Oahu weather patterns are some of the most stable in the entire state. Unless you head mauka (inland) you're not likely to experience a lot of rain on the island, even on the wetter windward (east) side.

That said, let's take a closer look at what the weather is like on Oahu, as this will help you decide where to stay during your vacation or trip. Our Where to stay on Oahu article may also prove useful in selecting a location, and for more information about when to visit the island, be sure to check out our When to visit Oahu article.

"Great weather" is often defined as sunny and warm - and if so, Oahu is definitely a place for 'great weather.' The majority of the accommodations on Oahu are in very dry and sunny locations. The bulk of accommodations are in Honolulu or the Waikiki area, and this area only averages about 20"-40" annually. We should point out that even in the wettest locations on Oahu (on the east coast along the Koolau Range), rain is hit and miss. One minute it may be raining, and the next the sun is back out - usually along with a beautiful rainbow.

The wettest periods on Oahu are almost always in the winter time when the tradewinds bring additional moisture to the islands. This period runs from mid-November through late March on average, and some of these systems can carry quite a bit of rain. This isn't to say Oahu isn't nice during the winter months, it is, but it's also going to mean the likelihood of wetter weather along portions of the island like the beautiful and lush east coast. After all it does take rain to create that beautiful verdant atmosphere.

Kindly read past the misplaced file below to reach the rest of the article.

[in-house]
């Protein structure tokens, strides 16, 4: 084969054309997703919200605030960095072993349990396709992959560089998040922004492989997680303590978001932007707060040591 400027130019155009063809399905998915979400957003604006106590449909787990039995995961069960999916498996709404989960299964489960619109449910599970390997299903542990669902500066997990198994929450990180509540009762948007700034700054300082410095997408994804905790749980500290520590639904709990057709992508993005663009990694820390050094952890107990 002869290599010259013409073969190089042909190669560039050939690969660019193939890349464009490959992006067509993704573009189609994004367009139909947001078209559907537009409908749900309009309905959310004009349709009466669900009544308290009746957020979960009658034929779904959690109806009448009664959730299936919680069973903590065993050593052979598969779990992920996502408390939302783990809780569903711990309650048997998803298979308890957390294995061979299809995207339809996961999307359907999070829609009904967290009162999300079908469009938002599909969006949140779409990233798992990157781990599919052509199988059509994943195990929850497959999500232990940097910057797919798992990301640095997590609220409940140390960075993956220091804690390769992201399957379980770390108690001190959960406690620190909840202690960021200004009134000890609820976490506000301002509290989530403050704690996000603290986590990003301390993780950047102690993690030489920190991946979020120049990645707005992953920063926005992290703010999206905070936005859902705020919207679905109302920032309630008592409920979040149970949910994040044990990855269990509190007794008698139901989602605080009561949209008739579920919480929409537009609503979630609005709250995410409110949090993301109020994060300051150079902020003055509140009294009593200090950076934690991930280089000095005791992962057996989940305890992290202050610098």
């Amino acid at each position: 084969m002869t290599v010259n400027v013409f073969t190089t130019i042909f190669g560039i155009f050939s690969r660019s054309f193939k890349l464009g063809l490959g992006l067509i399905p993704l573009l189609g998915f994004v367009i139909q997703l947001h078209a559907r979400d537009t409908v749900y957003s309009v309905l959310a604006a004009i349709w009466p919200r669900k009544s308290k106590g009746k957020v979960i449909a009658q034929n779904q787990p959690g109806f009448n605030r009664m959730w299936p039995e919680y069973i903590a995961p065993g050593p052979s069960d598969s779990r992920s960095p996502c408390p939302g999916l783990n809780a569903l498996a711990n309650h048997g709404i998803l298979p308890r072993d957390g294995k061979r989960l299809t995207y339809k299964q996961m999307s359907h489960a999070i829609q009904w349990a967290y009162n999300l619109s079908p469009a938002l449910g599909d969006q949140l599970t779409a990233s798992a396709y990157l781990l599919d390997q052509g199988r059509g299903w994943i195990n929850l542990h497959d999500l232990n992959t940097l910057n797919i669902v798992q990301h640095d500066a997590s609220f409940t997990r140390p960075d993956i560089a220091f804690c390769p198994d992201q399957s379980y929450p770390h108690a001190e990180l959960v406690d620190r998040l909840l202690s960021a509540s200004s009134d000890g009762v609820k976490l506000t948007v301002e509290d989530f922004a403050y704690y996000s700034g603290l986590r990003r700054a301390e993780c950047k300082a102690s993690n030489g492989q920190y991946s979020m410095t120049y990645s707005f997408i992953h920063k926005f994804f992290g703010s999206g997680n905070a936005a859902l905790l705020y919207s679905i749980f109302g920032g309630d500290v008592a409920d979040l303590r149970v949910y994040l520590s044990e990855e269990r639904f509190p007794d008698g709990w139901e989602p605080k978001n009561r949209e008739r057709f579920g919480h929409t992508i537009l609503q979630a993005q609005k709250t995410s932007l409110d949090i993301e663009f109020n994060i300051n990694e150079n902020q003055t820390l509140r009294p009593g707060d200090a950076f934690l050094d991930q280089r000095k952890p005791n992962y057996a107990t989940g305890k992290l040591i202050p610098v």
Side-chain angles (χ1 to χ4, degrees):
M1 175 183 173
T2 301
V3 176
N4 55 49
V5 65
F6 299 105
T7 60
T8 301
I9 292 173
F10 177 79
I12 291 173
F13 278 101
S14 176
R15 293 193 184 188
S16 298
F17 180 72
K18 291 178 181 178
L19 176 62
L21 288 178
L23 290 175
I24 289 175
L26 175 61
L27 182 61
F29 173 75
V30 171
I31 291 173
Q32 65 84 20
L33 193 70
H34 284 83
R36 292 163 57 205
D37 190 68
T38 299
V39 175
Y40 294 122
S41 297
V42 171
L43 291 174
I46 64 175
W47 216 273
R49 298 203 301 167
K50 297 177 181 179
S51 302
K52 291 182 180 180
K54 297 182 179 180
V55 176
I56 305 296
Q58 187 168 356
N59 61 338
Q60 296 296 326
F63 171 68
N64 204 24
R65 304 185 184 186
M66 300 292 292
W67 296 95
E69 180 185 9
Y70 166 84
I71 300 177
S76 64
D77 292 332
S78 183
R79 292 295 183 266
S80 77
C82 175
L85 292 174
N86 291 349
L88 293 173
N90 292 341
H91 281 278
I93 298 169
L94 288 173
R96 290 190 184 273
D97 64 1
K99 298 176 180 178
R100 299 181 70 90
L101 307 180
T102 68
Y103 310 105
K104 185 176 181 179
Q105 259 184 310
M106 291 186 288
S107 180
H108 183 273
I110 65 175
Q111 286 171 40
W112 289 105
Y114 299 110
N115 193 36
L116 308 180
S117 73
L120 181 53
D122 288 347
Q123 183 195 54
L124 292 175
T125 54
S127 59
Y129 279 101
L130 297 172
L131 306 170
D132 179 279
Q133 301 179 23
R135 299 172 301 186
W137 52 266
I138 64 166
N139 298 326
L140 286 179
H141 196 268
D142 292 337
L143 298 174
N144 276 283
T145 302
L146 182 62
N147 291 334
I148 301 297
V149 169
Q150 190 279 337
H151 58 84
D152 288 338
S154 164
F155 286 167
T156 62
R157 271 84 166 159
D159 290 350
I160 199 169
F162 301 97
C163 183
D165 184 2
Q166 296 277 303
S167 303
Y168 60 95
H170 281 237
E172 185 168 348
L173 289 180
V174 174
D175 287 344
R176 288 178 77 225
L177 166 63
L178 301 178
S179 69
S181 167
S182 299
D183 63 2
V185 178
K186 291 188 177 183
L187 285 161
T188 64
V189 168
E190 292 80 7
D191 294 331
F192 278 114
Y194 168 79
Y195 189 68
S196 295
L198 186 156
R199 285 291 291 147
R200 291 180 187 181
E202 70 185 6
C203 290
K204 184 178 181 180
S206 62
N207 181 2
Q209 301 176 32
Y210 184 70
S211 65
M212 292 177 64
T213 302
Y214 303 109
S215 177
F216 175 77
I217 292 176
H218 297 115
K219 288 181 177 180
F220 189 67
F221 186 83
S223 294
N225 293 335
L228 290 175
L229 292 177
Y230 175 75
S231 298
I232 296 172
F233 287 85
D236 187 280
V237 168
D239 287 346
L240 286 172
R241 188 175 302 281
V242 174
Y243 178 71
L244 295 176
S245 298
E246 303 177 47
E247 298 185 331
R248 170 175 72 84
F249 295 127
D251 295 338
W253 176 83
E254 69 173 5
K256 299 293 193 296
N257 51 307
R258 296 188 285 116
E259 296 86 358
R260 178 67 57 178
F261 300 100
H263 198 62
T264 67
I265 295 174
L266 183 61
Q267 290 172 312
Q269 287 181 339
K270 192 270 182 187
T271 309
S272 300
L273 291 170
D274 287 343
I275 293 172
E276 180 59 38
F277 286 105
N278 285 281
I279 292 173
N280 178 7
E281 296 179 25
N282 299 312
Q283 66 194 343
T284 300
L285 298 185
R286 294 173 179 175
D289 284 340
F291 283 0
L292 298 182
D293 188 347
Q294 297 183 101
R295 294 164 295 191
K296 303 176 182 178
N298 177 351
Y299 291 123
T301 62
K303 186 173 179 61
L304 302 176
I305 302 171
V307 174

Hopefully you now have a good idea of what the weather is like on Oahu, and the map below should help you distinguish the wet from dry areas. It's really hard to select a bad area on Oahu, but hopefully you can now make the best choice for you and your travel party.

More information about Hawaii weather can be found within our Hawaii Weather and Climate Patterns article.

Oahu Annual Precipitation Rainfall

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Article Edited/Contributed by: John C. Derrick

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